The Weill Cornell Program for Thrombosis and Deep Venous Health specializes in comprehensive vein care. Using state-of-the-art diagnostic imaging and innovative therapeutic approaches, our patients receive the best possible results with minimal side effects and downtime.
Conditions We Treat
Venous disease can refer to several different conditions and issues. Some of the most common venous diseases we treat include:
• Deep Vein Thrombosis (DVT)
• Post-Thrombotic Syndrome (PTS)
• Pulmonary Embolism (PE)
• Chronic Venous Insufficiency
• Venous Compression Syndromes, like May-Thurner syndrome and Paget-Schroeder syndrome
• Pelvic Venous Disease, or chronic pelvic pain associated with pelvic varicosities and venous hypertension
Deep Vein Thrombosis (DVT)
Deep vein thrombosis is a condition in which blood clots form on the inside of the deep veins and block blood flow to the heart. It most commonly develops in the veins of the legs, but occasionally occurs in the arms or, more rarely, other parts of the body. Besides the initial symptoms of pain and swelling, the most significant danger to people with DVT is pulmonary embolism.
The most common symptoms of a leg DVT are:
• Calf or thigh pain
• Redness of the skin on the leg
Post-thrombotic syndrome (PTS)
Post-thrombotic syndrome is chronic condition affecting up to half of people in subsequent months to years after the acute DVT. While not completely understood, PTS is caused by obstruction of blood flow through the damaged and clot-filled veins, leading to increased pressure in the leg and the symptoms described below.
Symptoms of PTS include:
• Abnormal sensation (pins and needles)
• Skin changes (severe cases can develop ulcers)
Pulmonary Embolism (PE)
Pulmonary Embolism occurs when part of the blood clot breaks off from the leg or arm, travels through the veins and heart, and into the pulmonary arteries, which supply the lungs with blood.
If the clot is large enough, it can compromise heart function and in some cases cause death. However, the majority of people who have PEs, especially if diagnosed and treated quickly, survive.
Chronic Venous Insufficiency
Chronic venous insufficiency which can result in swelling, pain, and ulcers and is caused by increased pressure in the leg from the following:
• Deep venous obstruction (e.g. from a prior leg DVT that does not go away or a compression outside the vein)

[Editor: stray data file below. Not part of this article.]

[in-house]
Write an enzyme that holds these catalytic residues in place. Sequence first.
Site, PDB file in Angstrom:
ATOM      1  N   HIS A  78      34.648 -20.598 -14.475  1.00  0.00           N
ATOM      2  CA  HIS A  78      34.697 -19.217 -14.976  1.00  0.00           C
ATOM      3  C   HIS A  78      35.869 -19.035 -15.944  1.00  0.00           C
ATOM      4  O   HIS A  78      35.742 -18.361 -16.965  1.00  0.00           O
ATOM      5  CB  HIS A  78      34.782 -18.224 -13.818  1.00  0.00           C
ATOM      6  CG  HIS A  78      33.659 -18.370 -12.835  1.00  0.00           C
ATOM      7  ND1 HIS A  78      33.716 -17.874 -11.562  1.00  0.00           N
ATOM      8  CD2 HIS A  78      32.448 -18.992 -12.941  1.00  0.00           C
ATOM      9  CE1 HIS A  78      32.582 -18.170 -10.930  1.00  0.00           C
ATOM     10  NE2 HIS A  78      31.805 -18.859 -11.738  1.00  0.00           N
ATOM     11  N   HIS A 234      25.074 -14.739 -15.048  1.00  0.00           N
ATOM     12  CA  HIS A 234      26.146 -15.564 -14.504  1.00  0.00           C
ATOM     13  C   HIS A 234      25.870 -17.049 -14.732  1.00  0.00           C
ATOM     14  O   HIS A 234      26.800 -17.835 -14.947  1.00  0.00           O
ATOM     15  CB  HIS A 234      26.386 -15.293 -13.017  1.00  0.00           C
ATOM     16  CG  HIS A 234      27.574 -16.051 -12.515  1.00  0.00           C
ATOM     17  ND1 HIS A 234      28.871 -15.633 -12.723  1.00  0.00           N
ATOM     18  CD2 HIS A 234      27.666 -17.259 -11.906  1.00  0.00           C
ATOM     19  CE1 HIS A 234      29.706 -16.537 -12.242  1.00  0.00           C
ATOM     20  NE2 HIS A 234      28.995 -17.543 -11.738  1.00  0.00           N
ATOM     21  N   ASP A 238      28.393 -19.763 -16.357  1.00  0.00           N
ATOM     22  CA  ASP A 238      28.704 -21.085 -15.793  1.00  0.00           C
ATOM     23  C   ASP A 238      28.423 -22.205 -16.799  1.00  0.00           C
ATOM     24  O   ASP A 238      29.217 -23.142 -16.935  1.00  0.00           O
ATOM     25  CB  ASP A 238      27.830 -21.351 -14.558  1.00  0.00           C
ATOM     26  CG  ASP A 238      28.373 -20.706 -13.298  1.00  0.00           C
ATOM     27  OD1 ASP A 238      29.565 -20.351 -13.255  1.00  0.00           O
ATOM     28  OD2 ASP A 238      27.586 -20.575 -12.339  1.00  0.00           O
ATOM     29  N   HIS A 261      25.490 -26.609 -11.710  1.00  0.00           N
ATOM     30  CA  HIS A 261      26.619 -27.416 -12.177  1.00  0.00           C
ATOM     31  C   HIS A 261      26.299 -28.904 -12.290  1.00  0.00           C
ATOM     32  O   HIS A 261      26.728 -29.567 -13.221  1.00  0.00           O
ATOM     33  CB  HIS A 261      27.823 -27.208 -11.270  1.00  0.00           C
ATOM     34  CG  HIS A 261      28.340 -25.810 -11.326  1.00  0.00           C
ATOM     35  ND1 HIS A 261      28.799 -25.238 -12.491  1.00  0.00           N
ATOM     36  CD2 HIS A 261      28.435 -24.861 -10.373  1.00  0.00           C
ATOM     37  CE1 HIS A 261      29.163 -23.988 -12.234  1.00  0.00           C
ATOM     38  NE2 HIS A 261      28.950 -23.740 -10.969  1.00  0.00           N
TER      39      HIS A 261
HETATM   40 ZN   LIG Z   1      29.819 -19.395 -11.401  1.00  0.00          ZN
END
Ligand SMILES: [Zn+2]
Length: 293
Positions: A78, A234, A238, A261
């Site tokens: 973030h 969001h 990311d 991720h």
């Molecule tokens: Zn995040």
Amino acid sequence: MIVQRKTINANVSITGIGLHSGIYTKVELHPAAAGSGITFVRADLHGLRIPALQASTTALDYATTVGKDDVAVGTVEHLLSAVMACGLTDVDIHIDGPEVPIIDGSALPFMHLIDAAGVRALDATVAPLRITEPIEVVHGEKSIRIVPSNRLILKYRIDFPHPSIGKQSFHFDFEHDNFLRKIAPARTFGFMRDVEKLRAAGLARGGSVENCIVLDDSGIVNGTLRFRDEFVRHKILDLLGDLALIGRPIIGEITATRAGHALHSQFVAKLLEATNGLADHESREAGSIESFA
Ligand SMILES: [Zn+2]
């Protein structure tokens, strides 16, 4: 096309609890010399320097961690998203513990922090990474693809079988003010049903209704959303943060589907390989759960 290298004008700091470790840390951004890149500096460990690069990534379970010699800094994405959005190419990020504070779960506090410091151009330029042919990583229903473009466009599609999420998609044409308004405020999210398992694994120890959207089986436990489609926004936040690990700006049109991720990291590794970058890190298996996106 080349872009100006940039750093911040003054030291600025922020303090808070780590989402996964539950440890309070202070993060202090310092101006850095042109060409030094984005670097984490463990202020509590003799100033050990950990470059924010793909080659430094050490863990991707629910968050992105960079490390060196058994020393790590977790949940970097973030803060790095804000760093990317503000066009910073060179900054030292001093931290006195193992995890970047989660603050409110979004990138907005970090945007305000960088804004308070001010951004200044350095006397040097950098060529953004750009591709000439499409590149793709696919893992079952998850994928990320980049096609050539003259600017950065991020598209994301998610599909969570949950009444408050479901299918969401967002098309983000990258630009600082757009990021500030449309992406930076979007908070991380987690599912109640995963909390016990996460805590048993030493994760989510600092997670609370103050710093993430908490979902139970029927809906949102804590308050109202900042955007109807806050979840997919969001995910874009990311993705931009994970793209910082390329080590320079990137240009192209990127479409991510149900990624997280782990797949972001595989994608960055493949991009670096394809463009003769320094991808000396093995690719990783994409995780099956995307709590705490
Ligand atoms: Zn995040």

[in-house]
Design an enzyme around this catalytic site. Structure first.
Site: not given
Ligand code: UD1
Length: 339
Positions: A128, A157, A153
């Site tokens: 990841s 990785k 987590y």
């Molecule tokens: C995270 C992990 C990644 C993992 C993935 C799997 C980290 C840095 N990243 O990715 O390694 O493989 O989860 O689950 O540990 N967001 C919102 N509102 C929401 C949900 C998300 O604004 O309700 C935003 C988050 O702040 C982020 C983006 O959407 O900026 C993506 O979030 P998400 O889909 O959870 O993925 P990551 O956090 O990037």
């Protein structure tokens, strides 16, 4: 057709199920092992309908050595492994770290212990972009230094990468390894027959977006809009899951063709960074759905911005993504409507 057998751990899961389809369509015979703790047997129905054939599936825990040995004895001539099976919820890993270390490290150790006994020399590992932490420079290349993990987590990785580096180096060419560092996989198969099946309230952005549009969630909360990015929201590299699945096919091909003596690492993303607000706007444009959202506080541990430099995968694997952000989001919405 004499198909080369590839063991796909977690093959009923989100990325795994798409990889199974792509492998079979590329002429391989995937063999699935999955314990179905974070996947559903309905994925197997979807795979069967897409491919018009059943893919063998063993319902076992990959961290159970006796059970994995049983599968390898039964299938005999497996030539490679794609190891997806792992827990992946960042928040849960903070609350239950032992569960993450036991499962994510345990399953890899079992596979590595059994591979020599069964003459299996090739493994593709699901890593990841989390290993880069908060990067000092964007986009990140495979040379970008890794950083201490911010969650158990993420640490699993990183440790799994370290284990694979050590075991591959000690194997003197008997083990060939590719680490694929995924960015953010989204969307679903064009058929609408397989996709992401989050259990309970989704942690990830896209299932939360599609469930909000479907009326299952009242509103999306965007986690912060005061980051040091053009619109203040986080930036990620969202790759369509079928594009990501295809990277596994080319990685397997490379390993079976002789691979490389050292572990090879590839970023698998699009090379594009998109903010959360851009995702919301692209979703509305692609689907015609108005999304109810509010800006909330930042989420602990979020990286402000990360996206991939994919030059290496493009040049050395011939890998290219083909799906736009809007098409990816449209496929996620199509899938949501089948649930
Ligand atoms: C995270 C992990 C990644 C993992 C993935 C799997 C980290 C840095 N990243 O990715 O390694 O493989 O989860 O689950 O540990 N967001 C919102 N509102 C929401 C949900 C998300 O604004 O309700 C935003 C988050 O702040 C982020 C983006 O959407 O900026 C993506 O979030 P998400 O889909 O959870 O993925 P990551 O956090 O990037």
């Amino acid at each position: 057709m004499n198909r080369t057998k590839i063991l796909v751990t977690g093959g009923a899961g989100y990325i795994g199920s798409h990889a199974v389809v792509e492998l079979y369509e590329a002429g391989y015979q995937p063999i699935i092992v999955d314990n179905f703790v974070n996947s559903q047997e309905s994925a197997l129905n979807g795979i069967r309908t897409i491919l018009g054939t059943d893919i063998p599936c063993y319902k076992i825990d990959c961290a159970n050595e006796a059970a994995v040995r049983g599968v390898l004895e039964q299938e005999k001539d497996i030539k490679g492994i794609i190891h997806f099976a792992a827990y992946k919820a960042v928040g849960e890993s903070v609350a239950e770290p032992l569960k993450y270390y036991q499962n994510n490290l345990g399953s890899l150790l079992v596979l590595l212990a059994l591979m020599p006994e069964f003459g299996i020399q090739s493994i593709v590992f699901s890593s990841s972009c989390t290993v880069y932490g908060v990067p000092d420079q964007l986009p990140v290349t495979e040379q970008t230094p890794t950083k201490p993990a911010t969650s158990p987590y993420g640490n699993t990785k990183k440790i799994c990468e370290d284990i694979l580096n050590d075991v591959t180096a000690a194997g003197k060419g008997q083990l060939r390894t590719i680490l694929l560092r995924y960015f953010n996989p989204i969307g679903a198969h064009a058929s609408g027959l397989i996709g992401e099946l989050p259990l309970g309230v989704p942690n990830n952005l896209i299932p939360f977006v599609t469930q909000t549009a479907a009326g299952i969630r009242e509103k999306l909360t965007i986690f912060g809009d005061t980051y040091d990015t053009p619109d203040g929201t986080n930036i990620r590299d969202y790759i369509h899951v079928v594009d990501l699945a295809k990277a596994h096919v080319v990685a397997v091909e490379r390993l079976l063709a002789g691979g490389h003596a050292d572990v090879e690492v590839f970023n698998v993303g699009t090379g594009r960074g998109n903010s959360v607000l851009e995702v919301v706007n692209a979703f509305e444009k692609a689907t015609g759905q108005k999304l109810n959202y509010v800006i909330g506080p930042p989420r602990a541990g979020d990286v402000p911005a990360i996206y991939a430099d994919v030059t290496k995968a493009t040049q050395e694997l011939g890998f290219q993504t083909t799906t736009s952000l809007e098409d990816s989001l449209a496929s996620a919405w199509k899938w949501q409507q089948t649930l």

• Deep venous reflux (blood going the wrong way)
• Superficial venous reflux.
How We Treat Venous Diseases
Minimally-Invasive Image-Guided Therapies
Weill Cornell Medicine is a pioneer in minimally-invasive procedures. With this approach, patients typically experience less pain, less scarring and a faster recovery. The therapies we offer include:
• Endovenous Laser Ablation (EVLT)
• Pelvic vein embolization
• Thrombectomy, Thrombolysis, Venoplasty and/or Stenting
Complex Inferior Vena Cava (IVC) Filter Retrievals
Weill Cornell Medicine also specializes in the safe removal of chronically embedded IVC filters and management of IVC filter related complications.
Our center is one of the few practices in the region with experienced specialists performing endovascular laser sheath assisted retrieval to ensure success and limit complications.
Retrieving, or removing, embedded IVC filters may be appropriate for the following reasons:
• Prolonged dwell time
• Prior unsuccessful retrieval attempts
• Tip embedded/Significant filter tilt/Leg penetration
• Fractured filters
Why Choose Weill Cornell Medicine?
Weill Cornell Medicine is a leader in the field, with a long tradition of expertise, innovation and leadership. In particular, we are pioneers of minimally invasive procedures, which eliminate the need for open surgery and allow for shorter and less painful recovery times.
As an institution, we are also committed to delivering safe, effective and compassionate care to all our patients. The Weill Cornell Program for Thrombosis and Deep Venous Health offers same-day consultations and duplex ultrasounds.
Contact us today to schedule an appointment.